The line drawings depict Hindu/ Saiva and Buddhist deities and themes, but the Buddhist material is predominant, as one would expect in artists' sketchbooks from Patan. The sketchbooks are important for several reasons. They provide drawings of a large number of deities, including some groups rarely depicted elsewhere.
Among them are the Eight Great Bodhisattvas, the Eight Siddhas, the Nine Serpents and corresponding to the months of the year-twelve forms of Narayana and Lokesvara, and associated with the ekadasl days of the months) twelve forms of 2) Manuscript 82.242.1-24, preserved in Mahideva. Many of the deities and the Newark Museum (from the later legends are relevant to contemporary Newar Buddhism. The two narratives are of special interest. They deal with the life story of Sakyamuni Buddha and the legend of Sarvajñamitral pada) The illustrated life story of the Buddha follows the Newar tradition, which incorporates the episodes of the sufferings of Yasodhara after Sarvärthasiddha's departure and of the Buddha's (return) journey to Lumbini (lumbiniyatra). The book also contains a longer section on Srstikartā Lokesvara, a form of Avalokitesvara who emanates Brahmanical divinities from his body.
1) Manuscript M.82.1692, preserved in the Los Angeles County Museum of Art (referred to below as LACMA), Los Angeles, California; 2) Manuscript 82.242.1-24, preserved in the Newark Museum, Newark, New Jersey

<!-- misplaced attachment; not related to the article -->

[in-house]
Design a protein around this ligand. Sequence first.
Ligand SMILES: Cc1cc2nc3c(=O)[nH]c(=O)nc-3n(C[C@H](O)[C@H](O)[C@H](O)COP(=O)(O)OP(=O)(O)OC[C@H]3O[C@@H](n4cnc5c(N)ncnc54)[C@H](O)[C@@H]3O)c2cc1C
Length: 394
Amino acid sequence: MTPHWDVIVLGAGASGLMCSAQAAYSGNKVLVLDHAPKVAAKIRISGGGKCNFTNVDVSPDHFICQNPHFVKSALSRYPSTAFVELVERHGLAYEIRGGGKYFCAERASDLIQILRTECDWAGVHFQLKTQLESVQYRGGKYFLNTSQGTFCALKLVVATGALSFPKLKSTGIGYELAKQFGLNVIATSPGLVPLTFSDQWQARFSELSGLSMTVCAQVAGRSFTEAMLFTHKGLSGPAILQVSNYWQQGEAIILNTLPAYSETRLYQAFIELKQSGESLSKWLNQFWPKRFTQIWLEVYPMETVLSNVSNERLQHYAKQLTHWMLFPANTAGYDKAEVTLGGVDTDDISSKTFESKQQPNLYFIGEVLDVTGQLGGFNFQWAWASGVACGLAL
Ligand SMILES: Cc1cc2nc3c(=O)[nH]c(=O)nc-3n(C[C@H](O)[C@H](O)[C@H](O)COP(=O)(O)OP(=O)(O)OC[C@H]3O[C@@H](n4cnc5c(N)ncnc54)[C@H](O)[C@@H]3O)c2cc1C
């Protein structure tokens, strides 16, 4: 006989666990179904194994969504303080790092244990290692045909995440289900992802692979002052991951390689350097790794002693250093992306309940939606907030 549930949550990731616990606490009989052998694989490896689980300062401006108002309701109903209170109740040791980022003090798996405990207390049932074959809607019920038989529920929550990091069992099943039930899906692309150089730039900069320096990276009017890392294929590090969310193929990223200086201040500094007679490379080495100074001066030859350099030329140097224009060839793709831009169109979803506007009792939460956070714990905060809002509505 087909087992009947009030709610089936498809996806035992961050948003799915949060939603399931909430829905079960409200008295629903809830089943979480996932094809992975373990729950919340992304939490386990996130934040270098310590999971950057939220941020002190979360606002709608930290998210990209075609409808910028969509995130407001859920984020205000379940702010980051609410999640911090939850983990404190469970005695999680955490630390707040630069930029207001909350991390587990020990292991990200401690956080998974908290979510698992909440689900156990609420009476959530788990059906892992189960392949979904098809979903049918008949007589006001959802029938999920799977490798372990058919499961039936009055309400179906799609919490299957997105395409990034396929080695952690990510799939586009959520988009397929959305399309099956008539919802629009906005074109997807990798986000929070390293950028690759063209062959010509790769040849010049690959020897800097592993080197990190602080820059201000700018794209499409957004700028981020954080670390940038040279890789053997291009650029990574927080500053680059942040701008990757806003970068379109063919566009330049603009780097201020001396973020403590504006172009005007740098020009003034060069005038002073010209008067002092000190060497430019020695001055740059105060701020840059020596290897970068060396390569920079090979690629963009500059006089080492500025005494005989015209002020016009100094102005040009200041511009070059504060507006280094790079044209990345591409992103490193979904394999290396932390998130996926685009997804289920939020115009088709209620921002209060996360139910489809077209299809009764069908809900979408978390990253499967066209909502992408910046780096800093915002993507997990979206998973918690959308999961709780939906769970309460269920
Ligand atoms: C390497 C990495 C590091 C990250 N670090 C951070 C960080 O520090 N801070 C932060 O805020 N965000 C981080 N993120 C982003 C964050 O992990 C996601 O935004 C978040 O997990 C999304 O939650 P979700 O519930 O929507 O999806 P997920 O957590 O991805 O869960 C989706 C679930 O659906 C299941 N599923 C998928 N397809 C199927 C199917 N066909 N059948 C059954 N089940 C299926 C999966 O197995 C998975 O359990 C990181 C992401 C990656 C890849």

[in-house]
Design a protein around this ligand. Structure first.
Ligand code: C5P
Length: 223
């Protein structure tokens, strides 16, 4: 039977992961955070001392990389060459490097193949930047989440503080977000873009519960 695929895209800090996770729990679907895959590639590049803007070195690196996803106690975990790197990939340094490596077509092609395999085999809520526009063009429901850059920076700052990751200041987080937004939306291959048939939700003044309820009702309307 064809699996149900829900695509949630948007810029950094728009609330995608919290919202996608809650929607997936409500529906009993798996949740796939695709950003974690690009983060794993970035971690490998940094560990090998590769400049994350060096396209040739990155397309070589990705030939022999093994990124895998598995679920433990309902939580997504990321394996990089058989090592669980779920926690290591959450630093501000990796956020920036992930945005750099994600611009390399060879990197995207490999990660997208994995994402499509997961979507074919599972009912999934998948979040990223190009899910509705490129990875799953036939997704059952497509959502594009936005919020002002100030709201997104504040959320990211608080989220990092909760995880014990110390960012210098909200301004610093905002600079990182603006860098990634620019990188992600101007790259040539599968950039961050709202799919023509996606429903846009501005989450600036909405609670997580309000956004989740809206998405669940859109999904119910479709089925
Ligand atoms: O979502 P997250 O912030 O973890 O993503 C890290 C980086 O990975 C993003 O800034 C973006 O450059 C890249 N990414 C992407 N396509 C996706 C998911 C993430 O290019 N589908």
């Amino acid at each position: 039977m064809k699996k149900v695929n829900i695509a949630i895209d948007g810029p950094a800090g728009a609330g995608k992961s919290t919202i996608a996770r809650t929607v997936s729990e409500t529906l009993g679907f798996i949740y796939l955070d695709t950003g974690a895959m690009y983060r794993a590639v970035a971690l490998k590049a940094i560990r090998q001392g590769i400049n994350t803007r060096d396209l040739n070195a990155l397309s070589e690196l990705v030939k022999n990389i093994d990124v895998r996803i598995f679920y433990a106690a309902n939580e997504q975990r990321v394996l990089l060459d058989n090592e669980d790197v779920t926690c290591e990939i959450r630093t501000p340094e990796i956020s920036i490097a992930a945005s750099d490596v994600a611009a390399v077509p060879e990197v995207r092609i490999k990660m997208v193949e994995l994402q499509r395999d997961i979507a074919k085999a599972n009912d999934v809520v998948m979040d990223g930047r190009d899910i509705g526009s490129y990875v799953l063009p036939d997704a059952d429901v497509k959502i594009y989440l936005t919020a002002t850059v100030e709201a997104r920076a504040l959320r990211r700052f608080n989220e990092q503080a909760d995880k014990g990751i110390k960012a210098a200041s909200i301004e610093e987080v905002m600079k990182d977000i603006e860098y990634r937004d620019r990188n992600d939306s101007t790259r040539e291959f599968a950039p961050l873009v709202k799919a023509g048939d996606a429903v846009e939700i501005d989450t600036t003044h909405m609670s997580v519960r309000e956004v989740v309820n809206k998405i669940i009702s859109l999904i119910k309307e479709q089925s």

(referred to below as Newark), and 3) A section from manuscript 440 in the private collection of lan Alsop, Santa Fe, New Mexico.
The LACMA manuscript may date from the late nineteenth century or even early twentieth
century, as the captions written in modern colloquial Newari suggest. This assumption is
also supported by the type of headgear Devadatta and other figures are shown wearing (see
drawings 57-60, etc.) resembling what royals or generals of that period sported. This
concertina-type paper manuscript (thyäsaphi) has 36 folios, of which the end covers and
three additional single sides do not have illustrations. Therefore, there are a total of 67 sides
with illustrations. A few of the illustrations take up more than a single folio side. The average
folio measures 5 1/2 inches (14 cm) in height and 11 3/8 inches (29 cm) in width. Since the
manuscript includes drawings of scenes reminiscent of dance performances for which the
city of Patan is known, we can safely assume that an artist from Patan prepared it. A
description of the manuscript appears in Pal 1985: 179, and selected line drawings are
I use the word deity here for convenience' sake to designate the members of the Buddhist pantheon.
**Contents and Sample Pages**
Children’s Books (39)
Brahma Sutras (85)
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